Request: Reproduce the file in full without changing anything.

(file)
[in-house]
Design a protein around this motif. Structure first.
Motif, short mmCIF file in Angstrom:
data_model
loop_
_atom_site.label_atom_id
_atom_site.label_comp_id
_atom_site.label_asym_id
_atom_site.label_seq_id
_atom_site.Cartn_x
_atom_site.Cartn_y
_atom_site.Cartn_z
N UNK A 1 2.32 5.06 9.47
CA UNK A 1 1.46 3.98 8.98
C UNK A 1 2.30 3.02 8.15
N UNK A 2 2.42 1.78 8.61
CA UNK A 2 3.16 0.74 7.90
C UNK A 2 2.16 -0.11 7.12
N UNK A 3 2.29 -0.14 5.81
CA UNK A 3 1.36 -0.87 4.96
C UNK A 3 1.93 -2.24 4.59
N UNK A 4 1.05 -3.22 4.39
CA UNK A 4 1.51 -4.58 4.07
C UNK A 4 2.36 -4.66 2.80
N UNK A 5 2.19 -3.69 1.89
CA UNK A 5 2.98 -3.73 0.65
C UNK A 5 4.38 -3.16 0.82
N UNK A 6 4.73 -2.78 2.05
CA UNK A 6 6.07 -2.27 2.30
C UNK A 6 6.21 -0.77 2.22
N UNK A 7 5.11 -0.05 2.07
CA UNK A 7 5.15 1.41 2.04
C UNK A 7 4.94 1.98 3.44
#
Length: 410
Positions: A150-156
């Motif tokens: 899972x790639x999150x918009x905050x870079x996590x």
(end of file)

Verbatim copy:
[in-house]
Design a protein around this motif. Structure first.
Motif, short mmCIF file in Angstrom:
data_model
loop_
_atom_site.label_atom_id
_atom_site.label_comp_id
_atom_site.label_asym_id
_atom_site.label_seq_id
_atom_site.Cartn_x
_atom_site.Cartn_y
_atom_site.Cartn_z
N UNK A 1 2.32 5.06 9.47
CA UNK A 1 1.46 3.98 8.98
C UNK A 1 2.30 3.02 8.15
N UNK A 2 2.42 1.78 8.61
CA UNK A 2 3.16 0.74 7.90
C UNK A 2 2.16 -0.11 7.12
N UNK A 3 2.29 -0.14 5.81
CA UNK A 3 1.36 -0.87 4.96
C UNK A 3 1.93 -2.24 4.59
N UNK A 4 1.05 -3.22 4.39
CA UNK A 4 1.51 -4.58 4.07
C UNK A 4 2.36 -4.66 2.80
N UNK A 5 2.19 -3.69 1.89
CA UNK A 5 2.98 -3.73 0.65
C UNK A 5 4.38 -3.16 0.82
N UNK A 6 4.73 -2.78 2.05
CA UNK A 6 6.07 -2.27 2.30
C UNK A 6 6.21 -0.77 2.22
N UNK A 7 5.11 -0.05 2.07
CA UNK A 7 5.15 1.41 2.04
C UNK A 7 4.94 1.98 3.44
#
Length: 410
Positions: A150-156
């Motif tokens: 899972x790639x999150x918009x905050x870079x996590x």